County Budget Cuts Leading to Teacher Layoffs and Dissolved Classes


Emilee Namphengsone, Staff Writer

During the past few months, Hillsborough County tackled financial obstacles with teacher layoffs and substitute roles. 

According to Hillsborough County Public Schools, these unemployed teachers are part of a “staffing adjustment.” Teachers hired before August 14, 2020, will not lose their jobs but may be reassigned to other schools instead. A message was sent out to parents.

Despite payroll and budget cuts, the absence of teachers has had a great impact on students, staff and parents. Social Students Department Head Patrick Geonconteri gives insight on the effects of substitute teachers and the county’s counterproductiveness towards the situation. 

“This year, I think an experienced teacher is highly qualified for the job. Teaching on the fly, you need the years of experience,” said Geonconteri. “We [teachers] definitely have more on our plate. We’re not trained, as professionals, to be online teachers. With lack of experienced teachers and not enough pay, there’s more responsibility for the teachers. It’s so chaotic and everyone is affected by it. Even if you’re not part of education, somehow or someway, [you] are also affected.”

Florida, currently, is one of the lowest-paying states. Lack of pay causes potential teachers to turn away from the state, thus, adding more stress to the community. 

According to the Tampa Bay Times, superintendent Addison Davis stated in an email that he is not cutting money from music, art or magnet programs and believes that the transition is more “natural” for students, staff and parents.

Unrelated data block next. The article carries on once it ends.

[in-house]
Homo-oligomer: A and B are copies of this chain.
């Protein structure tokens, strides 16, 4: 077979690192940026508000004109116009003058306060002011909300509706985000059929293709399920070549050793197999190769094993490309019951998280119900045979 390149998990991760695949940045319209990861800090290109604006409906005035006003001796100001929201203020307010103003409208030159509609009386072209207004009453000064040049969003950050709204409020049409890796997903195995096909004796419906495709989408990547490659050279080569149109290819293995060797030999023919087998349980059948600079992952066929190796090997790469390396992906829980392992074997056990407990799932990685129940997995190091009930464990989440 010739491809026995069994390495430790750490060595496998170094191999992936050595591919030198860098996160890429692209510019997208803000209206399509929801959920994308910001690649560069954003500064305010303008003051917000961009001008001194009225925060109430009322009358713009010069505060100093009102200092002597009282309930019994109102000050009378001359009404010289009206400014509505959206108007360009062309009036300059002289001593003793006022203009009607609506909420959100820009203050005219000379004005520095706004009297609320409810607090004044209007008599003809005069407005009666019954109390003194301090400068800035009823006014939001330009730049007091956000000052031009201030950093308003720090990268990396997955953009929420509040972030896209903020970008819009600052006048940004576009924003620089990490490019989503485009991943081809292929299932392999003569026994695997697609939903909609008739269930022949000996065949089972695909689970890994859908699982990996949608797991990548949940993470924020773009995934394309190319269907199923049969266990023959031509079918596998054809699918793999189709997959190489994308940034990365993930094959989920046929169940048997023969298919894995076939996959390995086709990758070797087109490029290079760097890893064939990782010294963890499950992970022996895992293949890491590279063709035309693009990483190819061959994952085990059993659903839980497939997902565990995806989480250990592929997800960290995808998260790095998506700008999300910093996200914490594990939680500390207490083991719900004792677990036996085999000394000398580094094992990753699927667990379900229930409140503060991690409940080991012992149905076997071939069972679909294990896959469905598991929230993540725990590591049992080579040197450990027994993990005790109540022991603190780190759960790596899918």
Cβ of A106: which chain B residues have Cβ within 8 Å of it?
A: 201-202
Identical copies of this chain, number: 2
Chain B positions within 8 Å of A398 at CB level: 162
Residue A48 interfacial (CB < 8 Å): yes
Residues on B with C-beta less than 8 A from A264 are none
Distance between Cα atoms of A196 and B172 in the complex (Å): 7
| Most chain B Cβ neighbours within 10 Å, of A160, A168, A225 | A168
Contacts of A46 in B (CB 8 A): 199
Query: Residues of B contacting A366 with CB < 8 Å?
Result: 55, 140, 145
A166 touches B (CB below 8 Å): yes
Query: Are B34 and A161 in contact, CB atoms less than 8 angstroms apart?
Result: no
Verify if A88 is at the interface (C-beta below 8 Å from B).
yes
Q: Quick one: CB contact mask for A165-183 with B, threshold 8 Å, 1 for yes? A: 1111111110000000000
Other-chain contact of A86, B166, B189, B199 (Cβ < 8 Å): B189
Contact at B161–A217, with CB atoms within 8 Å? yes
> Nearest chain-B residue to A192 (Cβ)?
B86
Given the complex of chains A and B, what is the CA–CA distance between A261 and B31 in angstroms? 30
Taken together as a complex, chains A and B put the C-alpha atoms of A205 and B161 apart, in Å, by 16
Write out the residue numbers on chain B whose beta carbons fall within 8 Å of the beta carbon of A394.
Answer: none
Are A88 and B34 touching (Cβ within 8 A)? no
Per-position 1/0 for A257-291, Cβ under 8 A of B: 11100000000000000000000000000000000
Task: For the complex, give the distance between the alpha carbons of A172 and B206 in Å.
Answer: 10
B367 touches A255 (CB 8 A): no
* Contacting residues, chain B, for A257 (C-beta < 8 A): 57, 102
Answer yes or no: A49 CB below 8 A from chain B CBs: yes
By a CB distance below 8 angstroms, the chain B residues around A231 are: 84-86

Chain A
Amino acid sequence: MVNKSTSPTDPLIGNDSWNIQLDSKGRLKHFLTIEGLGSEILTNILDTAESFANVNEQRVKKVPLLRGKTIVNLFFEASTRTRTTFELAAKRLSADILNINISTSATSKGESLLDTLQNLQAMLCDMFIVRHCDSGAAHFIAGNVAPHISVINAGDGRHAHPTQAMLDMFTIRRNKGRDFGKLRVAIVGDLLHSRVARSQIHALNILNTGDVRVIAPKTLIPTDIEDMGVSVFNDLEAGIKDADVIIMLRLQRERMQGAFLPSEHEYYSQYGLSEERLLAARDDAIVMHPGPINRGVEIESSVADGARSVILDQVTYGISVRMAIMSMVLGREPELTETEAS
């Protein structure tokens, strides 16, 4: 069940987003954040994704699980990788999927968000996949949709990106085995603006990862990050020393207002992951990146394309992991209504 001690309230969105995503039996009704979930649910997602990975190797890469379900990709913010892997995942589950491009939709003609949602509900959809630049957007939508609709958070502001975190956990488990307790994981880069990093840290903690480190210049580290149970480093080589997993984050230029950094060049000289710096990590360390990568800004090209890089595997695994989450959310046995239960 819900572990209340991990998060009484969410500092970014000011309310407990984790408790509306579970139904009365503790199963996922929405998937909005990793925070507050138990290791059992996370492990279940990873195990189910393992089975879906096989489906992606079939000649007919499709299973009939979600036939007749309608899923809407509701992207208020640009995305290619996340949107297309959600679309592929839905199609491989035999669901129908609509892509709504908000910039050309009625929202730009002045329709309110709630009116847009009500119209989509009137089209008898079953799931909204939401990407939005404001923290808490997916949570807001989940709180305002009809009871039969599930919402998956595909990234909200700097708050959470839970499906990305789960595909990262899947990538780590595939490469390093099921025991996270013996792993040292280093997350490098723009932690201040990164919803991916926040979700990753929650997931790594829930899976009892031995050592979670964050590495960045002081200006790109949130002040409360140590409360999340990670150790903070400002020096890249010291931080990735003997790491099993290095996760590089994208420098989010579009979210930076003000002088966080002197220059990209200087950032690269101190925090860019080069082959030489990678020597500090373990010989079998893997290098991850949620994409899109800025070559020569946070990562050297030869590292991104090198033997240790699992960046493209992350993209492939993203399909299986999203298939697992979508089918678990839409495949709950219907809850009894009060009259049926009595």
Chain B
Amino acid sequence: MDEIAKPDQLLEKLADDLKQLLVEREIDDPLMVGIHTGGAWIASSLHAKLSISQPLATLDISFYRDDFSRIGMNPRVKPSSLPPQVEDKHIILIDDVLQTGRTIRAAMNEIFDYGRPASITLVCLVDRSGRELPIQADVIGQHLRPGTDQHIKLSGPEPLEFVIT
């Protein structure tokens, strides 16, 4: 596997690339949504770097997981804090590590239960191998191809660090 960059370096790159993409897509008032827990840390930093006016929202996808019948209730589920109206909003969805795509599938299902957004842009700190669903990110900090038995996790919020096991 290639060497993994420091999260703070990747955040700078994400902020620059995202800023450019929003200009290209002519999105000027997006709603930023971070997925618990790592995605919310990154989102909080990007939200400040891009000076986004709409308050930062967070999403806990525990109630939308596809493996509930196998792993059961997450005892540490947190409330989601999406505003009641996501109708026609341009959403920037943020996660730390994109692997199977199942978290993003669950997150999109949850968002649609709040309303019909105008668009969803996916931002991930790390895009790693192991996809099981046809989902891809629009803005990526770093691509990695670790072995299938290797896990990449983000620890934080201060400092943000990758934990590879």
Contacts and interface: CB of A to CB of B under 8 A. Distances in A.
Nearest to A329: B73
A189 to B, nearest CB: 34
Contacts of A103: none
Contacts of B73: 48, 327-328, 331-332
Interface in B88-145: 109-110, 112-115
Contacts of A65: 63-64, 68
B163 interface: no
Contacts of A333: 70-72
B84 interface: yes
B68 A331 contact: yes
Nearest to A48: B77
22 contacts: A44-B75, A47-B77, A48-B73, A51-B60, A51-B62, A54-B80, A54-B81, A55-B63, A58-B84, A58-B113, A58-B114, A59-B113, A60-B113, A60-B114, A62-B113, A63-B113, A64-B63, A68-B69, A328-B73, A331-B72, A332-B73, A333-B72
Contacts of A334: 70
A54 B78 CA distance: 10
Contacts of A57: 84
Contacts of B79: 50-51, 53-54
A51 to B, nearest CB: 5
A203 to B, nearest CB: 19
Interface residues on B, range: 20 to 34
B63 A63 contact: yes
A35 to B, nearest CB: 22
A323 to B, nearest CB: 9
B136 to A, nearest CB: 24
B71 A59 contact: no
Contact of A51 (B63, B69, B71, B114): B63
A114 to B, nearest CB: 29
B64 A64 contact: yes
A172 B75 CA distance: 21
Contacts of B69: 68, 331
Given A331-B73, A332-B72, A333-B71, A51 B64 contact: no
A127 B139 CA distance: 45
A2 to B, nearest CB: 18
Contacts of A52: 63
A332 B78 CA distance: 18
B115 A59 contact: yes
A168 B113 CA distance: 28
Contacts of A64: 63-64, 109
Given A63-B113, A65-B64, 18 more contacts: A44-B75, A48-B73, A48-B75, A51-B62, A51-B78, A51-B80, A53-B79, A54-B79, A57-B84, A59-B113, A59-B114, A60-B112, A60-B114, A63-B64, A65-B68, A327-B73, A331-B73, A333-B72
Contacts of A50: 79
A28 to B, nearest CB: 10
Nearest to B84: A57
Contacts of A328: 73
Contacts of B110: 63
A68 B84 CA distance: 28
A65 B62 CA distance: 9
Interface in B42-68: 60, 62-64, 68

Public statistics from Davis show that 424 vacant positions will not be filled this year while another 333 positions are being eliminated completely.

However, the exact number of Gaither teachers eliminated or laid off is unknown and information about the spring semester is very limited. 

The new and sudden absence of teachers has caused many classes to dissolve in order to adjust to the teaching population. Classes with fewer students were prone to these dissolvements. 

“I’m very sad to hear that teachers lost their jobs,” said senior Melissa Baldelomar. “Second period AP Stats was the only time I could take that class. After the class was dissolved, I had to choose another class to take its place.” 

Baldelomar replaced her AP Statistics class with Concert Orchestra after the first quarter. 

As Gaither slowly approaches the middle of the year, teachers face a lot of stress with keeping up with their classes–both online and in-person–as they lift the weights left by the county. It is important for students and staff to continue adapting to the new challenges presented this year.